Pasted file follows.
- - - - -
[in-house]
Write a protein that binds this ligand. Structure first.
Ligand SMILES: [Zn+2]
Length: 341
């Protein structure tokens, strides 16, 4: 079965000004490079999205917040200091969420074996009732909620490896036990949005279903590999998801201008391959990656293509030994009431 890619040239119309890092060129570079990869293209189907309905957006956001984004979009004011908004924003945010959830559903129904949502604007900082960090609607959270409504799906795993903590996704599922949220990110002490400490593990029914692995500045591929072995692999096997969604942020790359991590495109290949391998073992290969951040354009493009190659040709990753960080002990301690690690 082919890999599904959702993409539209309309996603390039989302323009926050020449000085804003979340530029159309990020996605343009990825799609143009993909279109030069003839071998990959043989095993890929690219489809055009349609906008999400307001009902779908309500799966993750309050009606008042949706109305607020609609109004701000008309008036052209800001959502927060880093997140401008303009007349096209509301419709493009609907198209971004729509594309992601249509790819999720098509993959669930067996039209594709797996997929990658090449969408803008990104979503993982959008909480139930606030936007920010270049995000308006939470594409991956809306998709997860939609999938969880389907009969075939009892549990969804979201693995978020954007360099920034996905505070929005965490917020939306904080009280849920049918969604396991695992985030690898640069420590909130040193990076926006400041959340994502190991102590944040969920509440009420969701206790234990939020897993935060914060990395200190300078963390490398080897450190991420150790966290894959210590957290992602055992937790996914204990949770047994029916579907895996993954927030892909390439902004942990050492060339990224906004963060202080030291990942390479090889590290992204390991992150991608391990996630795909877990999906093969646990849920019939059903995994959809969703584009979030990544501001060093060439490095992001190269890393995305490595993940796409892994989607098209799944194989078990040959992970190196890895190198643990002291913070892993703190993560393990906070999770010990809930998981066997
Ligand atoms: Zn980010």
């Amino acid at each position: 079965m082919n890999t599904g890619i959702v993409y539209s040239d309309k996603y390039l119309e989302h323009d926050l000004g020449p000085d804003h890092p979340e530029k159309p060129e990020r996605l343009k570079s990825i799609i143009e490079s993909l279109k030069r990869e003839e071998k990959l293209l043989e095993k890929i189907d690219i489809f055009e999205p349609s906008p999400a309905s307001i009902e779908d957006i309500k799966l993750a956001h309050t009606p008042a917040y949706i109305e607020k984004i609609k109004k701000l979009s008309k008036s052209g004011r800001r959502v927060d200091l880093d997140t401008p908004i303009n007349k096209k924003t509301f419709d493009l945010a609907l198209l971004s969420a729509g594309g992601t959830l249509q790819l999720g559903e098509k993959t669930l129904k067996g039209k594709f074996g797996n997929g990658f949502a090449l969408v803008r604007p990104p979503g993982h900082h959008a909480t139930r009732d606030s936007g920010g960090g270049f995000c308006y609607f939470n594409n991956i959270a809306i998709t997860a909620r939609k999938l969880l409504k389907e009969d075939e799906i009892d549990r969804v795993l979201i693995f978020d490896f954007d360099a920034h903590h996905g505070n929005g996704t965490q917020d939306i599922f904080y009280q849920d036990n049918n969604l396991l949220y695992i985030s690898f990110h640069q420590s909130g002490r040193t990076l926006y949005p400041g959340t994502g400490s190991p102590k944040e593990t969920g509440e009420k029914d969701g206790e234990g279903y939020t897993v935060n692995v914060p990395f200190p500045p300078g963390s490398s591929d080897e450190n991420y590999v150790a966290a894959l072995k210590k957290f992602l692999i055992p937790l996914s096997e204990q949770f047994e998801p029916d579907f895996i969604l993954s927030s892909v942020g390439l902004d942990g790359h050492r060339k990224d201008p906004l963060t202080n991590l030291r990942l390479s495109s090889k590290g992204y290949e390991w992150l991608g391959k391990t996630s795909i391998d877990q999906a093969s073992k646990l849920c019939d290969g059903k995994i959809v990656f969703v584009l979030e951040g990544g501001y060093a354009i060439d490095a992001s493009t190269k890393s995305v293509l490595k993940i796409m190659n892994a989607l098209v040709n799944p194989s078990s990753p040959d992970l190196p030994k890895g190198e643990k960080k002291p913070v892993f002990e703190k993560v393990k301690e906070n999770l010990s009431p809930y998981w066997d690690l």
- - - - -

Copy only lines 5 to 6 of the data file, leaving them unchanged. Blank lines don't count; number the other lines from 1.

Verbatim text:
């Protein structure tokens, strides 16, 4: 079965000004490079999205917040200091969420074996009732909620490896036990949005279903590999998801201008391959990656293509030994009431 890619040239119309890092060129570079990869293209189907309905957006956001984004979009004011908004924003945010959830559903129904949502604007900082960090609607959270409504799906795993903590996704599922949220990110002490400490593990029914692995500045591929072995692999096997969604942020790359991590495109290949391998073992290969951040354009493009190659040709990753960080002990301690690690 082919890999599904959702993409539209309309996603390039989302323009926050020449000085804003979340530029159309990020996605343009990825799609143009993909279109030069003839071998990959043989095993890929690219489809055009349609906008999400307001009902779908309500799966993750309050009606008042949706109305607020609609109004701000008309008036052209800001959502927060880093997140401008303009007349096209509301419709493009609907198209971004729509594309992601249509790819999720098509993959669930067996039209594709797996997929990658090449969408803008990104979503993982959008909480139930606030936007920010270049995000308006939470594409991956809306998709997860939609999938969880389907009969075939009892549990969804979201693995978020954007360099920034996905505070929005965490917020939306904080009280849920049918969604396991695992985030690898640069420590909130040193990076926006400041959340994502190991102590944040969920509440009420969701206790234990939020897993935060914060990395200190300078963390490398080897450190991420150790966290894959210590957290992602055992937790996914204990949770047994029916579907895996993954927030892909390439902004942990050492060339990224906004963060202080030291990942390479090889590290992204390991992150991608391990996630795909877990999906093969646990849920019939059903995994959809969703584009979030990544501001060093060439490095992001190269890393995305490595993940796409892994989607098209799944194989078990040959992970190196890895190198643990002291913070892993703190993560393990906070999770010990809930998981066997
Ligand atoms: Zn980010």